Instructor: Steven Bunn (email@example.com)
Office Hours: TBA (probably Mondays and Friday, immediately after class), and by appointment; location T.B.A.
Art History 361 surveys the painting, sculpture, architecture, and graphic arts of the Italian Renaissance. Emphasis is given to the major artistic centers of Florence, Rome, and Venice, as well as many other cities such as the courtly artistic centers of Mantua, Milan, and Urbino. Themes include the status of the image in Renaissance art, the role of artistic invention, individual and collective creativity, the growing self-awareness of artists, the influence of political, historical, and social place, and the changing narratives and mythologies that have shaped our perception and understanding of the Renaissance.
This course meets three days a week for lecture and discussion.
- Become familiar with major Renaissance artists, their personal styles, and the major artistic trends of various Italian cities and regions.
- Learn ways in which artists and intellectual communities responded to the cultural stimuli of the fourteenth, fifteenth, and sixteenth centuries in Italy and Europe.
- Understand how art often reflects the goals of its makers and/or those who commission it.
- Be able to read and interpret the language of Renaissance art, its symbols, narratives, and main subjects, and how and why they were used.
- Become familiar with the power of images, and how they are used to express religious, political, and personal convictions, as well as the range of responses to the image.
- Understand the role of artifice as a key feature of Renaissance art, and the different ways artists employ technical skill, workmanship, and the self-conscious act of creating to reinforce the meaning and function of art and its relationship to the viewer.
- The required textbook for the class is Italian Renaissance Art by Stephen J. Campbell and Michael W. Cole (Thames & Hudson, 2012). The book is available at the UW bookstore and many brick-and-morter and online sellers, and you can "rent" an online version of the textbook from Amazon and other sellers for a very reasonable price. A copy will also be placed on course reserve for use in the Art Library.
- Additional readings will be available as PDF files.
- Make-up assignments will not be given without legitimate documentation of severe illness, family emergency, etc. Extensions for the research paper and its related assignments will be granted only under similar circumstances. Vacations do not qualify as acceptable reasons for make-up work. Late papers without a verifiable excuse will lose 0.5 points per day (for example, a paper due Friday that would receive a 4.0 will receive a 2.5 if turned in on Monday). If you miss a scheduled due date, it is your responsibility to be in touch with the instructor as soon as you are able in order to schedule a make-up.
- Grade Appeals : coursework and exams will be returned promptly. If you have any questions about a grade, please discuss the situation with the instructor within a week of receiving it.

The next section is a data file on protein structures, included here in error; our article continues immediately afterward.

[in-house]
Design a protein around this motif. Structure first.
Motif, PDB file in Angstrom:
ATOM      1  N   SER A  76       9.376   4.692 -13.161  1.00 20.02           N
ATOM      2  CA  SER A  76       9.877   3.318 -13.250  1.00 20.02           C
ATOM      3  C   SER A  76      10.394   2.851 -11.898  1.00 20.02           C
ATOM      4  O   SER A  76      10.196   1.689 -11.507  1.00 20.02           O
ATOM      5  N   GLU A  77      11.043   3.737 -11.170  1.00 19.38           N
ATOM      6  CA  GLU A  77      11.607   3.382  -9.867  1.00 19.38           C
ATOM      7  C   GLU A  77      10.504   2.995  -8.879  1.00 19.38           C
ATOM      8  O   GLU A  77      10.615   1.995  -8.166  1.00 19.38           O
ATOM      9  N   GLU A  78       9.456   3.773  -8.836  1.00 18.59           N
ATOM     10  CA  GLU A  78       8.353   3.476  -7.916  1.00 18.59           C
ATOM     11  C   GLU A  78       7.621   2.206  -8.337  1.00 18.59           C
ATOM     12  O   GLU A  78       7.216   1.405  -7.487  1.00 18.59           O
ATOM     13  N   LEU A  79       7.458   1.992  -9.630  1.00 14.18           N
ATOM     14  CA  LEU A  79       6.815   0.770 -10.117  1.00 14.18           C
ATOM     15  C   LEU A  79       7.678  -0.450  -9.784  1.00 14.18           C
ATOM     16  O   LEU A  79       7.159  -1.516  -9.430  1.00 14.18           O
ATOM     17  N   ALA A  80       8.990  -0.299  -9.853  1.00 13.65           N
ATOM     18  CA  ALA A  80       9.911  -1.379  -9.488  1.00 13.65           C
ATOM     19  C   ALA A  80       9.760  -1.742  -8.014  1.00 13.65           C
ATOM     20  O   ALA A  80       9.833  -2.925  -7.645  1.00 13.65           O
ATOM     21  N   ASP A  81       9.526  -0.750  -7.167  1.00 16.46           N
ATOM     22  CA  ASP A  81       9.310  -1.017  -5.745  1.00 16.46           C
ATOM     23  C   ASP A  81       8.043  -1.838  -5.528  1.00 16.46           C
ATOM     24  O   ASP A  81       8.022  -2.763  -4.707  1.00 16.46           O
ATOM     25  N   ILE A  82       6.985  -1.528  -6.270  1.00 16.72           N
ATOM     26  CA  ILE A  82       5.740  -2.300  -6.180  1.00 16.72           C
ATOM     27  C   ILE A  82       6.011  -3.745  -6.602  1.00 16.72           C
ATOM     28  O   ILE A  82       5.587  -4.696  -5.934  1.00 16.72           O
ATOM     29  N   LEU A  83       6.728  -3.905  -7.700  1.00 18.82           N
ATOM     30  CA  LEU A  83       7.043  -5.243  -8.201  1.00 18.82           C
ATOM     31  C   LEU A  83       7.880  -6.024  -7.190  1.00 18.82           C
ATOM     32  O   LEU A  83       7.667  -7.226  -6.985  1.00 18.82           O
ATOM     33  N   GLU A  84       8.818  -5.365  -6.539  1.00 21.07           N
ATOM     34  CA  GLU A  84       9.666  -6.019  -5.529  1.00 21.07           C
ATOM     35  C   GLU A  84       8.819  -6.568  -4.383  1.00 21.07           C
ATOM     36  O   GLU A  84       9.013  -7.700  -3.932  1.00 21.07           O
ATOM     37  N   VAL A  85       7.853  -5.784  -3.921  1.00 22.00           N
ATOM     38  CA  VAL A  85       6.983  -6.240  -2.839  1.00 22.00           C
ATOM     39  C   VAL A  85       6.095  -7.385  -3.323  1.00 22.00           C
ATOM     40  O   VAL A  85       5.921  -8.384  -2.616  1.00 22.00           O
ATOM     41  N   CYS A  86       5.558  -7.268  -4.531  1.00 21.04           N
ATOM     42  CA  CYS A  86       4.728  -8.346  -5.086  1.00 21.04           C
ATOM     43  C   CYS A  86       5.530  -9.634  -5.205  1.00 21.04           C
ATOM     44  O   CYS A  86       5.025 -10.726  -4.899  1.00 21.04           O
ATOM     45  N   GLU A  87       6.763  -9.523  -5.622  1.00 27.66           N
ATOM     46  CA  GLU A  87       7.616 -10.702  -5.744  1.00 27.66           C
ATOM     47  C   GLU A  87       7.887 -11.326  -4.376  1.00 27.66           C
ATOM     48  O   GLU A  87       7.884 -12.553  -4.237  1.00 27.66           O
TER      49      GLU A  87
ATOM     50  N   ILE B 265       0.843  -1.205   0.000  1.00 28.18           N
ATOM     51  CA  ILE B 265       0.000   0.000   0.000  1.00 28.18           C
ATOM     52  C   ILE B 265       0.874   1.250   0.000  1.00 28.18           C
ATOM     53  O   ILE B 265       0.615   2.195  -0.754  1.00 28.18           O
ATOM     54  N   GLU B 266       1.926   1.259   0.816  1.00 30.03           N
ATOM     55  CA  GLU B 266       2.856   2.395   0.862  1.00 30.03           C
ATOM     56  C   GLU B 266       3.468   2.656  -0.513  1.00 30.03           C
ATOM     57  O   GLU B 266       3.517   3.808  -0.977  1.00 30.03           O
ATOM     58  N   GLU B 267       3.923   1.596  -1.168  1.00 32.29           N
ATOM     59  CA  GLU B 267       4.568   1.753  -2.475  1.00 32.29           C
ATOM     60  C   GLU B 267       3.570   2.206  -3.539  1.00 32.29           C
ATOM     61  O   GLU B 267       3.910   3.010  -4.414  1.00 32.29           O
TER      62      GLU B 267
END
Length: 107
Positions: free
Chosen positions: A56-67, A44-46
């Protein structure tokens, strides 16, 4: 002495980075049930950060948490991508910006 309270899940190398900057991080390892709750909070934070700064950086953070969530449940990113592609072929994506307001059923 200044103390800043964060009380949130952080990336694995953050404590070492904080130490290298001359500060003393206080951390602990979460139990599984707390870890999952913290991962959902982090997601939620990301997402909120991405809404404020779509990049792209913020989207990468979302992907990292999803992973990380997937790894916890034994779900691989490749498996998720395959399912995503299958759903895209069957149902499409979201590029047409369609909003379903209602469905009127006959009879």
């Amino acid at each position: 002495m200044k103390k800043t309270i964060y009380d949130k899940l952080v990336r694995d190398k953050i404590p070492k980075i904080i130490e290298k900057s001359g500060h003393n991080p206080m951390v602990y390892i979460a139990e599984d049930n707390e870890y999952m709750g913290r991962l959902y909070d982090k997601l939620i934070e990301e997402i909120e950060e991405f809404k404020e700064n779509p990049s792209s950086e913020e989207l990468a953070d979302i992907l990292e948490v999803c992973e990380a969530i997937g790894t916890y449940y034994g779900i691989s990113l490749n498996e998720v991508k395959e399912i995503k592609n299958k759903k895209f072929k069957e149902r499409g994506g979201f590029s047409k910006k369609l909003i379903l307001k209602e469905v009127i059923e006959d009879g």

- Last-minute questions: I can't promise timely response in the final 24-hours before an exam or an assignment due date. In other words, plan ahead and don't procrastinate until the last minute with an important question!
- A 3.8–4.0 is given to a student who has exhibited the highest possible performance in all aspects of the course—the exams, final paper and related work, and answers to the weekly assignments are excellent. This student independently seeks out additional information about art history beyond the material presented and is highly committed/passionate about their work.
- A 3.4–3.7 is given to a student who exhibits superior performance in all aspects of the course—the exams, final paper and related work, and participation are uniformly of high quality. This student has a thorough understanding of all concepts presented, and is motivated to improve and succeed.
- A 2.9–3.3 is given to a student who has good performance in most aspects of the course. This student shows a good grasp of key ideas presented and consistent participation that reflects a clear understanding of almost all concepts being presented.
- A 2.5–2.8 is given to a student who has fair performance in the course. The work is adequate and reflects the minimum needed to complete assignments. Participation and motivation are moderate.
- A 0.0–2.4 is given to a student with poor performance in the course. Exams do not demonstrate an acceptable comprehension of the material and assignments are poorly presented, miss major themes and connections, or are incomplete. This student does not understand the majority of concepts presented and rarely participates in class.
Access and Accommodations
Your experience in this class is important to me. If you have already established accommodations with Disability Resources for Students (DRS), please communicate your approved accommodations to me at your earliest convenience so we can discuss your needs in this course.
If you have not yet established services through DRS, but have a temporary health condition or permanent disability that requires accommodations (conditions include but not limited to; mental health, attention-related, learning, vision, hearing, physical or health impacts), you are welcome to contact DRS at 206-543-8924 or firstname.lastname@example.org or disability.uw.edu. DRS offers resources and coordinates reasonable accommodations for students with disabilities and/or temporary health conditions. Reasonable accommodations are established through an interactive process between you, your instructor(s) and DRS. It is the policy and practice of the University of Washington to create inclusive and accessible learning environments consistent with federal and state law.